Audio Library

The Risen Christ Chooses His Leaders 

Second Presbyterian Church
George Robertson
October 15, 2017

Then the apostles returned to Jerusalem from the hill called the Mount of Olives, a Sabbath day’s walk from the city. When they arrived, they went upstairs to the room where they were staying. Those present were Peter, John, James and Andrew; Philip and Thomas, Bartholomew and Matthew; James son of Alphaeus and Simon the Zealot, and Judas son of James. They all joined together constantly in prayer, along with the women and Mary the mother of Jesus, and with his brothers. In those days Peter stood up among the believers (a group numbering about a hundred and twenty) and said, “Brothers and sisters, the Scripture had to be fulfilled in which the Holy Spirit spoke long ago through David concerning Judas, who served as guide for those who arrested Jesus. He was one of our number and shared in our ministry.” (With the payment he received for his wickedness, Judas bought a field; there he fell headlong, his body burst open and all his intestines spilled out. Everyone in Jerusalem heard about this, so they called that field in their language Akeldama, that is, Field of Blood.) “For,” said Peter, “it is written in the Book of Psalms: “‘May his place be deserted; let there be no one to dwell in it, and, “‘May another take his place of leadership.’ Therefore it is necessary to choose one of the men who have been with us the whole time the Lord Jesus was living among us, beginning from John’s baptism to the time when Jesus was taken up from us. For one of these must become a witness with us of his resurrection.” So they nominated two men: Joseph called Barsabbas (also known as Justus) and Matthias. Then they prayed, “Lord, you know everyone’s heart. Show us which of these two you have chosen to take over this apostolic ministry, which Judas left to go where he belongs.” Then they cast lots, and the lot fell to Matthias; so he was added to the eleven apostles.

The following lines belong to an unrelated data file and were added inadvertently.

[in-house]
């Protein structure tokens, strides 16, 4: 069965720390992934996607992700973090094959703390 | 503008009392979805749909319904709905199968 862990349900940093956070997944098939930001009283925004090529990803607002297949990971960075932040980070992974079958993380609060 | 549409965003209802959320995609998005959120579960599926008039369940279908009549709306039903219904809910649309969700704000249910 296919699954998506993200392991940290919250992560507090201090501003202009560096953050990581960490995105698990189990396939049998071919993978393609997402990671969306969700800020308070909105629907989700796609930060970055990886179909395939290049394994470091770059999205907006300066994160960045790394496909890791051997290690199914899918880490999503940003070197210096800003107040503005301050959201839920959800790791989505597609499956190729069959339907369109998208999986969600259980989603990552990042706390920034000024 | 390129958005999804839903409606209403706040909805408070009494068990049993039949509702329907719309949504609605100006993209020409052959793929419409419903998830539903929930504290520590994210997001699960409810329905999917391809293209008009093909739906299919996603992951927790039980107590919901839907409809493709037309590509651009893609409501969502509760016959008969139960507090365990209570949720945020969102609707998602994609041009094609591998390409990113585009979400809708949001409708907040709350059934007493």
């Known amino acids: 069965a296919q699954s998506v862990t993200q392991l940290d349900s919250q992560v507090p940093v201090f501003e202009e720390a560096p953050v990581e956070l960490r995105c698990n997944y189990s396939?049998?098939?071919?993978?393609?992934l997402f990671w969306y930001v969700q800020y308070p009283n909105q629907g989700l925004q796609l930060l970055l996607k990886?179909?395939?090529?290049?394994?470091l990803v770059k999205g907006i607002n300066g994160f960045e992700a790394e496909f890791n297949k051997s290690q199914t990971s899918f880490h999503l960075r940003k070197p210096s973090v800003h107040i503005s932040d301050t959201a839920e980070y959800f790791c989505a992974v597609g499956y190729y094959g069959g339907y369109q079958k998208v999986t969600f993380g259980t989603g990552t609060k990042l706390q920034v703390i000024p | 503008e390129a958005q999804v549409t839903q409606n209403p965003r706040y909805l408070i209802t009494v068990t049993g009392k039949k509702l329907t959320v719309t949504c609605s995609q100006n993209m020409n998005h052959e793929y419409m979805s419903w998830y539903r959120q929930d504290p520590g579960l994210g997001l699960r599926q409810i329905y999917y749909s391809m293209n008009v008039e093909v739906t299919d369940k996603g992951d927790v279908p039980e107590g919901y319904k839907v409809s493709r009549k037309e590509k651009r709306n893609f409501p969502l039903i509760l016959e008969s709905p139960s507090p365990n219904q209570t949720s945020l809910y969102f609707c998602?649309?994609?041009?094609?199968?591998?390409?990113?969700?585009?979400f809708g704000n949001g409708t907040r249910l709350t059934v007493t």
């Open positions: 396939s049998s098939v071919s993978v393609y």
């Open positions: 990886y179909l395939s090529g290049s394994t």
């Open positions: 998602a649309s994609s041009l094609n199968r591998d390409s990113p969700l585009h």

There are only a few books in my library, which I find myself returning to again and again. One of them is one of Francis Schaeffer’s early books No Little People. The book is about leadership and I find the biblical principles he elucidates about spiritual leadership to be encouraging, rebuking, and refreshing all at the same time. It is not a book only for vocational ministers—it is a book for every Christian who is called to lead wherever he or she is.


The most basic principle of Schaeffer’s perspective on leadership is the one I want to highlight in this text. Schaeffer says a Christian must seek the lowest place of service in every situation and every organization (Lk. 14:7-11). If God wants to call him up to a higher station then so be it, but it is not for the Christian to assume the highest place from the beginning.


This insight was first expressed in a sermon Schaeffer preached early in his ministry called “God so Used a Stick of Wood.” The sermon was about the mighty things God did through Moses’ staff. The stick in Moses’ hand became the rod of God (Ex. 4:20). Through that stick God judged the Egyptians, supplied for his people’s needs, and conquered military enemies. Schaeffer’s point is that a dead stick of wood became powerful because it was consecrated to God. Likewise, no matter how little you think you are in God’s hand, you can be used to accomplish his will in eternally significant ways. There are no little people and no big people, Schaeffer says, only consecrated or unconsecrated. The call on every Christian’s life is to seek the lowest place of service to God which he will then transform into consecrated leadership.[1]


In this passage, I see three categories of leaders: dignified, distinguished, and delegated. Each category contains “sticks of wood” made to be leaders by God’s grace, even as they sought the lowest place of service in grateful response to salvation.


Dignified Leadership (12-14)

The first category of leaders we observe in this passage are those dignified by God’s magnanimous grace. After the ascension, the apostles returned to Jerusalem as they were commanded in order to await the gift of the Spirit. They were not alone, however. A large number of other disciples were also there bringing the total to one hundred and twenty (15). By naming the participants, the Spirit dignifies them.


Also, notice the different categories represented:


1) Unknown

This group includes some who were poor, others who were working class, thieves, and a few troublemakers. These were found by Jesus, transformed by the Good News, and made his leaders. A good or significant reputation is a not a prerequisite to coming to Christ and being used by him.


2) Insignificant

The second category of people dignified by grace is the women. Women were little more than chattel in large segments of the near eastern world. But they were always dignified by Jesus and they are dignified by the Scriptures. Surely Mary Magdalene, Joanna, and Susanna are included besides Jesus’ mother. Women figured prominently in Jesus’ life and ministry. Some supported him financially (Lk. 8:2,3). The women were the only ones not to abandon him in his death (Lk. 23:49,55-56; 24:1; Jn. 19:25). They were first to his tomb to care for the body and the first to witness his resurrection (Lk. 24:9,10). The women in the Church are equally significant disciples of and leaders for Christ.